We Were Once - Page 42

“Do you believe in fate?” she asks.

“Fate has always had such a negative connotation to me. Destiny sounds more hopeful.”

She presses the button at the crosswalk, and as we stand there, she says, “There’s an argument for both, but let’s go with hope. What do you think?”

“Are you asking me if I believe that you’ll start dating this guy, fall madly in love in a whirlwind romance, jet around the world after graduation fulfilling your tremendously cool dreams, and then one day look at each other and decide to settle down, have two point five kids, a three-car garage, and a little piece of paradise in Connecticut?”

“Yes.”

I shrug. “Maybe. Do you need a three-car garage?”

That makes her laugh. “I was thinking four but thought I’d sound pretentious if I voiced it.”

The pedestrian sign comes on, and we cross the street to our block. Wrapping my arm around her, I say, “Never.”

This has me thinking about my parents’ marriage. They thought they’d be married forever when they tied the knot. Little doubts start to populate. How will it be different for me? Are we being naïve by thinking our love is different? No.

I’ve studied every part of the anatomy. The two most powerful organs are the brain and the heart. No matter which leads you, the other follows. So even though our hearts are leading this charge, I know we’re thinking rationally.

Anyway, a mistake would never feel this good.

I open the door to my apartment and stop—my feet, my heart, my breathing. And stare, trying to process how there’s a sexy, shirtless guy standing on my windowsill. “Hello there.” I set my bag at the foot of the couch. Joshua doesn’t react, but then I see the earbuds tucked in his ears.

He’s quite the sight, and I don’t want to miss a second of this. Not making a noise, I curl up on the couch and watch with rapt interest as he hangs a towel over my window. His backside is a thing of beauty. The muscle definition would make a Greek god jealous.

The best part? He’s mine.

“I’m pretty sure you weren’t looking for my eyes, but just in case,” he says, pointing at the most heart-stopping beautiful brown eyes. “They’re up here.”

My gaze selfishly drifts lower again and this time continues to that firm ass. “I’m good.” I giggle. “You can continue whatever you were doing.”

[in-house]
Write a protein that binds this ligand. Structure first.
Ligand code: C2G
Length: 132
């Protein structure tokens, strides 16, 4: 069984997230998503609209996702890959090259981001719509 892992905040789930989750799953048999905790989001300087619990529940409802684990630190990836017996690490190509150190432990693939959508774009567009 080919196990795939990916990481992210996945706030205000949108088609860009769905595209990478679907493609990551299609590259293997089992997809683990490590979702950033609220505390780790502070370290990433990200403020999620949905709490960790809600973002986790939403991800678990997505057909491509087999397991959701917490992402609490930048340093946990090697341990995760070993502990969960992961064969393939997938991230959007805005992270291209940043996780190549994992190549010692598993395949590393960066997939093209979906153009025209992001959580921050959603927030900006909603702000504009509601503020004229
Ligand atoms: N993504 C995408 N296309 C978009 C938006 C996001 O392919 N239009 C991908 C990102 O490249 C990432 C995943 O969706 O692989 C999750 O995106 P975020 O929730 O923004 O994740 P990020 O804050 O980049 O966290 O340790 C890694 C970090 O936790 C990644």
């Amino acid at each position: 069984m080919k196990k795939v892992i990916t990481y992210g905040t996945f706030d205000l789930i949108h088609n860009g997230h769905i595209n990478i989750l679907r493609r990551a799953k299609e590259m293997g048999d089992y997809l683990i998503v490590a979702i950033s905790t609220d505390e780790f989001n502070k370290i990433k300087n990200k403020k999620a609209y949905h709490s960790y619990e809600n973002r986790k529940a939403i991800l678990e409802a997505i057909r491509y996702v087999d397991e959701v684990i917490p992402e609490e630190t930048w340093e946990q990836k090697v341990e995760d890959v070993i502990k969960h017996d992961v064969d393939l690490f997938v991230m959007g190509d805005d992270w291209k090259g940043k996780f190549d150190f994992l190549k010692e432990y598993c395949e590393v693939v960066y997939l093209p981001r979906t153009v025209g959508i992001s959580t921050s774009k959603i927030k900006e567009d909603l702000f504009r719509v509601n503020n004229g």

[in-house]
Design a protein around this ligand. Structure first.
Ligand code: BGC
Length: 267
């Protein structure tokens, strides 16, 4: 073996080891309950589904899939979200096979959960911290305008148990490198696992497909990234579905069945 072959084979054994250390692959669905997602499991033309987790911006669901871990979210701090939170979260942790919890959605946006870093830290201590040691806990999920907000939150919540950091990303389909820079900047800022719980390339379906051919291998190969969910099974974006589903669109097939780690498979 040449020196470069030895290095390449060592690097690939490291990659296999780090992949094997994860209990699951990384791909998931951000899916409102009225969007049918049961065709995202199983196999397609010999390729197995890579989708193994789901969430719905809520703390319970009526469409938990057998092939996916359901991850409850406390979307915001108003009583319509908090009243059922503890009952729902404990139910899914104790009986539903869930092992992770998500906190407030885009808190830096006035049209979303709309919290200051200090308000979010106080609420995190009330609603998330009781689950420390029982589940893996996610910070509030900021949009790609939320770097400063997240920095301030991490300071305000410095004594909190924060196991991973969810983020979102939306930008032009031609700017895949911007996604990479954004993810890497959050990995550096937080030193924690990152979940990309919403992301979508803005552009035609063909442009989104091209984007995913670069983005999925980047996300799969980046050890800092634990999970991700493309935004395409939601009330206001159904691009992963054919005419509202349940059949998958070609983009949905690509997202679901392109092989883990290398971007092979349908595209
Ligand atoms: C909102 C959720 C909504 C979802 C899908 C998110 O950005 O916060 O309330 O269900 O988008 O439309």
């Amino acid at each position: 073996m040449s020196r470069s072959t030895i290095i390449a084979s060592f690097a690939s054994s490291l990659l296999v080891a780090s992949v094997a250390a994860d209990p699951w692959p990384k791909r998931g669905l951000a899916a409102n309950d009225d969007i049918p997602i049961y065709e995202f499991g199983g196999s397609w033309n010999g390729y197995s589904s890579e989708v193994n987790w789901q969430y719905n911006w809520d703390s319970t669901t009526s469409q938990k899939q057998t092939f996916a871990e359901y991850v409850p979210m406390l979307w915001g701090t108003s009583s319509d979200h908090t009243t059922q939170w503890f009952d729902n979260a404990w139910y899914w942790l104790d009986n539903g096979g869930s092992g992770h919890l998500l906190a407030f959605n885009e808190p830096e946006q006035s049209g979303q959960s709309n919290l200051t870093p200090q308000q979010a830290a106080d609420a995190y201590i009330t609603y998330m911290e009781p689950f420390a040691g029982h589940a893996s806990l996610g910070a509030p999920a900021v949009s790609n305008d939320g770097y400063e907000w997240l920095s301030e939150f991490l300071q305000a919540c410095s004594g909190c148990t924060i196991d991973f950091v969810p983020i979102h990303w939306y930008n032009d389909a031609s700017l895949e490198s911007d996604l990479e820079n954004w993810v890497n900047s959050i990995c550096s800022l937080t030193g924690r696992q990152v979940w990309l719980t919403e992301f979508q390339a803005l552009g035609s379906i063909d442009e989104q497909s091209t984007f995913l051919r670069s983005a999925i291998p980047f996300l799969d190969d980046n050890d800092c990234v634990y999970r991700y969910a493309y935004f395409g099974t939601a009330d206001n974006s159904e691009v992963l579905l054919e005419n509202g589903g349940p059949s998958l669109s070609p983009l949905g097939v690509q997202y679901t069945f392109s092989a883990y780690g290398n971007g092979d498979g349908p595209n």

“All done. When’d you get home?”

Home.

I grin.

“Not long enough to appreciate you properly. You stole a towel for privacy?”

“I did,” he replies proudly. Tugging lightly, he appears impressed with his handiwork. “Should hold until you get blinds. I can also hang those for you. I used a sheet in the bedroom.”

“You don’t seem apologetic at all, so you’re lucky you’re hot or I might be mad. So tell me more about this being a handyman business. It’s a whole new side of you.”

“I’m handy all right.” He comes to the couch and sits next to me. We come together and kiss. “Good to see you.”

“Good to be seen by you, especially since no one else can now.” I signal toward the window. The right side of my mouth tips up. “Feel better?”

“Yes, regarding the windows. No, because I need to go to work.” Joshua’s eyes are kind as he looks into mine. “Wish I could stay.”

“Me, too.”

He steals another kiss and then pulls his shirt over his head. I kick back with my hands behind my head. “Don’t get me wrong. I’m not complaining. Just curious why you were shirtless hanging the towel?”

A small shrug hits under the smile on his face. “Figured you’d be home soon.”

I chunk a pillow at him. “Tease.”

“If you got it, flaunt—” I pop him with another pillow and then kiss his arm as I go to Frankie. “The violence around here is intense,” he adds, chuckling.

“I think you can handle a few pillows.”

He hooks the corner of the towel on a nail, a nice detail to the makeshift covering. I lean against him, not wanting him to go. “Clever.” Picking up Frankie, I carry her to the sink for a good soak. “What does your bonsai look like?”

“Dwayne Evans? He has a strong trunk and straight, broad branches.”

“Sounds like someone I know.” I turn on the water. Look at me nurturing my plant. My mom would be so proud. Like how Joshua is looking at me now. “But let’s get back to the Dwayne Evans part.” I raise an eyebrow, wholly entertained by this name.

“He’s named after The Rock.”

“That makes a little more sense.” I turn off the faucet and return to the couch. “Yet not entirely. I’m going to need more information.”

The ridiculousness of our conversation isn’t lost on him, but something darkens his expression. “When I was twelve, I used to stay up all night on the weekends watching his movies. He seemed like a real-life hero to me. If we want to delve deep, I wished he was my dad but not because of fame or money. He was funny and badass, equally. Just seemed like a good dad to have if I got to choose one. My tree reminded me of him—tall and bulky, upstanding, so I named him Dwayne but kept my last name.”

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